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SHERIDAN — Laughter Club, Harmonica by Bob, brain games and much more are on the calendar. But the heart of the day is not just about the fun, it’s about being together… and thriving. Three months after moving into a new location, the Senior Center’s Day Break program is sparkling with activity. Positive energy in Day Break is evident from the moment one walks through its doors.
“We have about 20 people every day,” said Barb Blue, Day Break director. “It has such a homey feel. You walk through the doors and the fire’s going. It’s really, really nice.”
The adult day program has blossomed since it opened its doors to the community with three clients and the knowledge that families would benefit from its services. Today, Day Break serves 34 individuals providing them with connections and their families with support. There are only three other communities — Evanston, Lyman and Thayne — in Wyoming that offer a day program for adults, making Sheridan and those communities unique in what they offer to seniors who do not need the 24-hour care of a traditional nursing facility.
Day Break and kindred programs in the state are social model programs for adult care; socialization is at the heart of the program.
“We look for things people are interested in,” Blue said. Then an individualized plan of care is designed, incorporating that person’s interests.
“Look at Tom over there,” said Blue referring to a man in a recliner. “He’s sitting there, reading a magazine; it’s like he’s at home.” Others play games and, at the moment, some men are playing pool in the game room.
In 1990, Day Break opened a new program at the Sheridan Senior Center. Twelve years later, new space was added in response to demand. In October 2016, Day Break moved into its own building next door to the Senior Center, the result of a successful capital campaign led by community volunteers. The new facility features a game room, great room, kitchen, bathing facilities, quiet room, beauty station and private garden.
But it’s not just the physical building and program that have grown. People who come to Day Break experience their personal growth, new friendships and discovery.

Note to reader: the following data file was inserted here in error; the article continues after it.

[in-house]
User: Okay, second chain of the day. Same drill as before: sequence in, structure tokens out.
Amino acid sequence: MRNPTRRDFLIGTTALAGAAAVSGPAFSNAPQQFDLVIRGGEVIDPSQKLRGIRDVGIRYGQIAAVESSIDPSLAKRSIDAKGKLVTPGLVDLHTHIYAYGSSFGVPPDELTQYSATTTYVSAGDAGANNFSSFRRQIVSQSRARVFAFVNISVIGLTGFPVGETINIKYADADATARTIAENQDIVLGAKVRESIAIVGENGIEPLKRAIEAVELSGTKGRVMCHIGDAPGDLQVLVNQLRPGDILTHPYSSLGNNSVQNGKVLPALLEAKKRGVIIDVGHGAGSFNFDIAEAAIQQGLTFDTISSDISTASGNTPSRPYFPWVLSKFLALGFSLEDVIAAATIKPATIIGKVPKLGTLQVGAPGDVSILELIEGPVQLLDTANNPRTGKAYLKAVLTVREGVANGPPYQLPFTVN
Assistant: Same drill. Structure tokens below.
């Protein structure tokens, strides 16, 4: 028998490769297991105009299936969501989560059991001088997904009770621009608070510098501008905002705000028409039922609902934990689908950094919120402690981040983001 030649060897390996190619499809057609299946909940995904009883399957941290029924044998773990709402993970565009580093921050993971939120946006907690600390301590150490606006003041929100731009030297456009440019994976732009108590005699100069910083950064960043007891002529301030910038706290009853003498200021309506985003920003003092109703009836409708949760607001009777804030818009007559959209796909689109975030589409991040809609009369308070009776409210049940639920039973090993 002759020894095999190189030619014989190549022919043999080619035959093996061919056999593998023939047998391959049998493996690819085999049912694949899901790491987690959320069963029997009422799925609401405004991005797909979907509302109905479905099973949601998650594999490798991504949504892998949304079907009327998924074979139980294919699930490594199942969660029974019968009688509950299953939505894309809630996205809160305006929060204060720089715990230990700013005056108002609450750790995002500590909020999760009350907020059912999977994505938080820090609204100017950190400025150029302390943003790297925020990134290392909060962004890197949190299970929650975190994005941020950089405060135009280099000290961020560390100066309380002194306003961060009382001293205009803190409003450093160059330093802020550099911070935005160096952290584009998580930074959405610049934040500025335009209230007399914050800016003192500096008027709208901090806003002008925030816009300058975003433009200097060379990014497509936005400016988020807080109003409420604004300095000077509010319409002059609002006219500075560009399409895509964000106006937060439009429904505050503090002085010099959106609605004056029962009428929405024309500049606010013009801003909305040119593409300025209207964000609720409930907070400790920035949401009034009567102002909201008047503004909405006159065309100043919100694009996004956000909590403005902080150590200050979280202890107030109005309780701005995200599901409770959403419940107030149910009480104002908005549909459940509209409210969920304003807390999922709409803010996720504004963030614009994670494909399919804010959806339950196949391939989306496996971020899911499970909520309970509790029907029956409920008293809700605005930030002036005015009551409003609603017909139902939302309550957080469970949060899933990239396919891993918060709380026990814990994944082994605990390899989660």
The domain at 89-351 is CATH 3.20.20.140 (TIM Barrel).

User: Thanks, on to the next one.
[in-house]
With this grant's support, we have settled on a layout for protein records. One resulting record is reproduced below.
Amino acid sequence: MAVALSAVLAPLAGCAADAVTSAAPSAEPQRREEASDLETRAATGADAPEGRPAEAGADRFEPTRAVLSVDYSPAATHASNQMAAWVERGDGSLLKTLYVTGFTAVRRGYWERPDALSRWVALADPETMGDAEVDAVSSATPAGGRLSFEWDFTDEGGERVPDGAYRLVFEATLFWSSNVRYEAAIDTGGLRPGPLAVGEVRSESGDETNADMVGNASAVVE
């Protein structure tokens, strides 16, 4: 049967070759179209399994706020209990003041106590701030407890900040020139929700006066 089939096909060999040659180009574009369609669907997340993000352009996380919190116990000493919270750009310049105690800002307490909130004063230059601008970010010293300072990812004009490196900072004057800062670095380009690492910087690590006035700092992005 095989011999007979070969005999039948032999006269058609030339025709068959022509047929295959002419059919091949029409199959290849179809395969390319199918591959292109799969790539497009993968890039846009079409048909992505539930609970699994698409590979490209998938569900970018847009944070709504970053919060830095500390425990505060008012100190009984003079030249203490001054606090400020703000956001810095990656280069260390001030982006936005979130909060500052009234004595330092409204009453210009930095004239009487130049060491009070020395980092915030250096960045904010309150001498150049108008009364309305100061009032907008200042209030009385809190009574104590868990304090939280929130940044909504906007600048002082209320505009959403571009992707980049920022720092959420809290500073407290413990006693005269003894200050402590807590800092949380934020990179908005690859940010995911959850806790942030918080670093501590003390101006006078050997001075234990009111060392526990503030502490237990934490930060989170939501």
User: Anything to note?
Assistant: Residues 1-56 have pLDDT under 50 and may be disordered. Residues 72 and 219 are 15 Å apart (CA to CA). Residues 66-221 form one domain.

“There’s one individual who was very nonverbal when she started,” said Vanessa Thiele, Day Break aide. “But I noticed that she would move a lot so one day I started to dance with her. Then one day, she was singing all the lyrics to the Bobby Vee song ‘Love You More Than I Can Say.’”
The next day, Thiele pulled up Bobby Vee songs on the large screen in Day Break’s great room. The lady sang the words to all the songs.
“Her changes were very rapid and very positive,” said Thiele. It wasn’t long before the new client would sit next to someone and talk.
“She now tells me stories about her family, her hobbies, and her husband,” Thiele said. “It’s been really awesome to see.”
There are other such inspiring stories from those who come to Day Break.
“Sam came here as a client but is now a volunteer,” said Blue of another client. “He was recovering from brain surgery but got well enough and is now going back to college.” Sam and another client, Michael, are two exceptions to the age group who typically come to Day Break: the men are 26 and 35 years old, respectively.
Janice Twibell’s mother, Beulah Zager, has been coming to Day Break for four years, and Twibell has been a witness to changes at Day Break during that time.
“My mom is 96,” said Twibell. “Day Break has made all the difference in the world in her life. She laughs, she giggles and she wants to participate in everything. It has given her a reason to live and I believe it has extended her life because she has something to look forward to.”
It is evident that Beulah is not the only one who looks forward to their time in Day Break.